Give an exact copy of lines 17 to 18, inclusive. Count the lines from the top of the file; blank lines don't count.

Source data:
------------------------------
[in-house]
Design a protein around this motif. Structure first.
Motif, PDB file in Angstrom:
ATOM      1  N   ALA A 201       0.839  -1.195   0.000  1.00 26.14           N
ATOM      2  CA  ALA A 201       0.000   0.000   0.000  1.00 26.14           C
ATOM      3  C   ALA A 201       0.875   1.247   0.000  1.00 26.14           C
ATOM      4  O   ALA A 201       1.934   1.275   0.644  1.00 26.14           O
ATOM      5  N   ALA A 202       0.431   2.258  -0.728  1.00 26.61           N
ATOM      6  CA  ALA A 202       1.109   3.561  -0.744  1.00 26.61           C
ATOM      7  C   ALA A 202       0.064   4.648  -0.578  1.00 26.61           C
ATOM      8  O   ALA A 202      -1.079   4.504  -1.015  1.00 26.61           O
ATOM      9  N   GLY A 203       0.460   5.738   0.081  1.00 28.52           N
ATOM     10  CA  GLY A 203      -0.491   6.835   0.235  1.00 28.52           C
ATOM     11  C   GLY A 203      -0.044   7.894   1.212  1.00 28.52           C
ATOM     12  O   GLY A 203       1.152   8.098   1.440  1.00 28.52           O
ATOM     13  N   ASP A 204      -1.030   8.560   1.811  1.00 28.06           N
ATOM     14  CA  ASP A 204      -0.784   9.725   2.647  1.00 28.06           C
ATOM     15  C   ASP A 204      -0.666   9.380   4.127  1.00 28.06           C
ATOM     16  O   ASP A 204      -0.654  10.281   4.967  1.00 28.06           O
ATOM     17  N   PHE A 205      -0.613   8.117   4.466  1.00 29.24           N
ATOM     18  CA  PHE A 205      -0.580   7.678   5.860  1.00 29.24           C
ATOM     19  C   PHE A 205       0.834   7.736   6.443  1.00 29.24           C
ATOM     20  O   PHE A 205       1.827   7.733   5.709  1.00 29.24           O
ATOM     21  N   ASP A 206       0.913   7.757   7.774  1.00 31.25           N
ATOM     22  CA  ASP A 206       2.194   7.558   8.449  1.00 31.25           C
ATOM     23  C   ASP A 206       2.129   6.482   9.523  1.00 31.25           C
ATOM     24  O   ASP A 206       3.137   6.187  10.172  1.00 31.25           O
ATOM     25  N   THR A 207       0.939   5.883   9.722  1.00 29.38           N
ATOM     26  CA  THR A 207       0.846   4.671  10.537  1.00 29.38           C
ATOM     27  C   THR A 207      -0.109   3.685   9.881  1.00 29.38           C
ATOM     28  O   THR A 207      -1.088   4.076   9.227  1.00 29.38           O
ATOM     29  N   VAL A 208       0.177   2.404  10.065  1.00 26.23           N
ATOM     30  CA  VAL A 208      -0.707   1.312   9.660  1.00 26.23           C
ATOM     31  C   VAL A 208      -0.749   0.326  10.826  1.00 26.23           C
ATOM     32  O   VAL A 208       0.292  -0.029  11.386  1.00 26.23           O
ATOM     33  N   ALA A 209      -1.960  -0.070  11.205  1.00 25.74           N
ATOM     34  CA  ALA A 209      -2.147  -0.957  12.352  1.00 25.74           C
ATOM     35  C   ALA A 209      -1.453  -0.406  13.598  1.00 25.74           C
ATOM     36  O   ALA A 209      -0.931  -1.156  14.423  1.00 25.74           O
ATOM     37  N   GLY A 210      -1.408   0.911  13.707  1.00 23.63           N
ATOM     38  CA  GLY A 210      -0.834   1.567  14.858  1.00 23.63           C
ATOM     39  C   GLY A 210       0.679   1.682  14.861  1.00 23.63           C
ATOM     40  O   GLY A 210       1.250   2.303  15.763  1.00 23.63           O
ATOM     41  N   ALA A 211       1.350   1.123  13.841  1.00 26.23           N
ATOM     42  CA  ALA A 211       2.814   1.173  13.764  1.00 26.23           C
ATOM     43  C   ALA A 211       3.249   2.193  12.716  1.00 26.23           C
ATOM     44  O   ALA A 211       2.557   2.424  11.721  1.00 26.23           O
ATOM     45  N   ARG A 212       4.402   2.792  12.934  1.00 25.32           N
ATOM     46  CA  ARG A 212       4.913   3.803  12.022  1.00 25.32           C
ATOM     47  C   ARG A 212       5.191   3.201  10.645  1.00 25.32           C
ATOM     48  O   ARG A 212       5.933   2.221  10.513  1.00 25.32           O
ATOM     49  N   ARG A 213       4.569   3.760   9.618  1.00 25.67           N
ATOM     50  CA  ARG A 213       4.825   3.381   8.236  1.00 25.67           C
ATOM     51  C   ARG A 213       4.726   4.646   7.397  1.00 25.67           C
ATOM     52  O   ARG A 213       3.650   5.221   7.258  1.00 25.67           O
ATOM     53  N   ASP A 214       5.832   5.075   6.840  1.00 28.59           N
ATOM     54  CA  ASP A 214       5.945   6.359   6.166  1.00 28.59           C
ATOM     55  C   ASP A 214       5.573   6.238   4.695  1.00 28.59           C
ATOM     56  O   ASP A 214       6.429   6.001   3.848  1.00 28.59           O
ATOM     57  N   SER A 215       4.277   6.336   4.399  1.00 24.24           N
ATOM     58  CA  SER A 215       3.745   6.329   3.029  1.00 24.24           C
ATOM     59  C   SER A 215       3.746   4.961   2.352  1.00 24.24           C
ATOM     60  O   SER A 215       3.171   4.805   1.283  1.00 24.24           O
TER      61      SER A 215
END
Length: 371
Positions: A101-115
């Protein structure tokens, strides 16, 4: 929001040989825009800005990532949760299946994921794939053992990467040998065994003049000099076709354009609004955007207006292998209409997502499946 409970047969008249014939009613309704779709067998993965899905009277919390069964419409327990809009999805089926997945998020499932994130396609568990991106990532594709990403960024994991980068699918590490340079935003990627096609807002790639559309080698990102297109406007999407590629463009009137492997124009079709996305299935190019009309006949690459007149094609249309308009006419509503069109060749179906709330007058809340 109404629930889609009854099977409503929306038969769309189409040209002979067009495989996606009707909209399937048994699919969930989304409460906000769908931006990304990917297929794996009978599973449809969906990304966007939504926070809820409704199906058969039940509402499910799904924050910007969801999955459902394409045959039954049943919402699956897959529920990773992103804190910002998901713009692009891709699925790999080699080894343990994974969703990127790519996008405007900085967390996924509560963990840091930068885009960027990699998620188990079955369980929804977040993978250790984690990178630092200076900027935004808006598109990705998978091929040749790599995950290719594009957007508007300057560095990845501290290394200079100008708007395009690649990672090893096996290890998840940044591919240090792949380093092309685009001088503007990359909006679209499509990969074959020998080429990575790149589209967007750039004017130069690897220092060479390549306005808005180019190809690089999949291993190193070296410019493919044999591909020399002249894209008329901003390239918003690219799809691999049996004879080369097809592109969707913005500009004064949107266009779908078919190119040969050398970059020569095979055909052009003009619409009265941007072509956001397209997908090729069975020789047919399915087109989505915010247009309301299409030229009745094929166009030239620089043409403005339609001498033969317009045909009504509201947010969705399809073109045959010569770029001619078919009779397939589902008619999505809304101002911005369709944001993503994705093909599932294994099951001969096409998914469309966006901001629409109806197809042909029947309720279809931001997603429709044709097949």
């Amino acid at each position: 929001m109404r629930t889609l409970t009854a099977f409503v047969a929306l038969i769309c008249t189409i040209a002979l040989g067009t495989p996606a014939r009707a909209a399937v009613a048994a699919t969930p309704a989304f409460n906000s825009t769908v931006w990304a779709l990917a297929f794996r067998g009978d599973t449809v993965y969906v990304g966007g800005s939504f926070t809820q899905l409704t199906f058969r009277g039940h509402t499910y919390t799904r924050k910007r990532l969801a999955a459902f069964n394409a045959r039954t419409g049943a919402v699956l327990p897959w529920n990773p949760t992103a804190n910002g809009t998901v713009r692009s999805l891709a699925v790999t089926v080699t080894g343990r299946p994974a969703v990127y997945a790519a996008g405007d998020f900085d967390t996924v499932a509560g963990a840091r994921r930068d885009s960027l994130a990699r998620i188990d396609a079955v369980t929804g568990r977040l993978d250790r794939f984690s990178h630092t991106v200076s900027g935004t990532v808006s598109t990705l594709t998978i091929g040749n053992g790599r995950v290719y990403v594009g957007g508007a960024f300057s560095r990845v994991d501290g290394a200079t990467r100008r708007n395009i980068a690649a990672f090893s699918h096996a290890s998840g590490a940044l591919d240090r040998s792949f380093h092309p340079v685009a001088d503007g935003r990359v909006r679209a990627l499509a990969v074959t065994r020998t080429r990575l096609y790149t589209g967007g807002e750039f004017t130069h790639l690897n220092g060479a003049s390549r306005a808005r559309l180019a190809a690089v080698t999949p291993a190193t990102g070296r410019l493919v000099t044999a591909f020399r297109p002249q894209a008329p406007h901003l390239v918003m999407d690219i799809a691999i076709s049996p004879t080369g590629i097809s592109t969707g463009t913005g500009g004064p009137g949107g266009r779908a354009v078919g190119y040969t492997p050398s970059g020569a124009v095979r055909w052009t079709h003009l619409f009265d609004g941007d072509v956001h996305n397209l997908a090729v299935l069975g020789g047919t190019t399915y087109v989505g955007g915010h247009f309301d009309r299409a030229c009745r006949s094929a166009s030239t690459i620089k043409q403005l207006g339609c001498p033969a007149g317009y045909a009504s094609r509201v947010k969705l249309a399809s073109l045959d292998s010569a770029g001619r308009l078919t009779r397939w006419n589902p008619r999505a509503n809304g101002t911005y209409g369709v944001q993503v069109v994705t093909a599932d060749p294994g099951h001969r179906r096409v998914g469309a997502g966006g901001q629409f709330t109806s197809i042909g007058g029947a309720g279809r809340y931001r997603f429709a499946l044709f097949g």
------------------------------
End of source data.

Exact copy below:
ATOM     14  CA  ASP A 204      -0.784   9.725   2.647  1.00 28.06           C
ATOM     15  C   ASP A 204      -0.666   9.380   4.127  1.00 28.06           C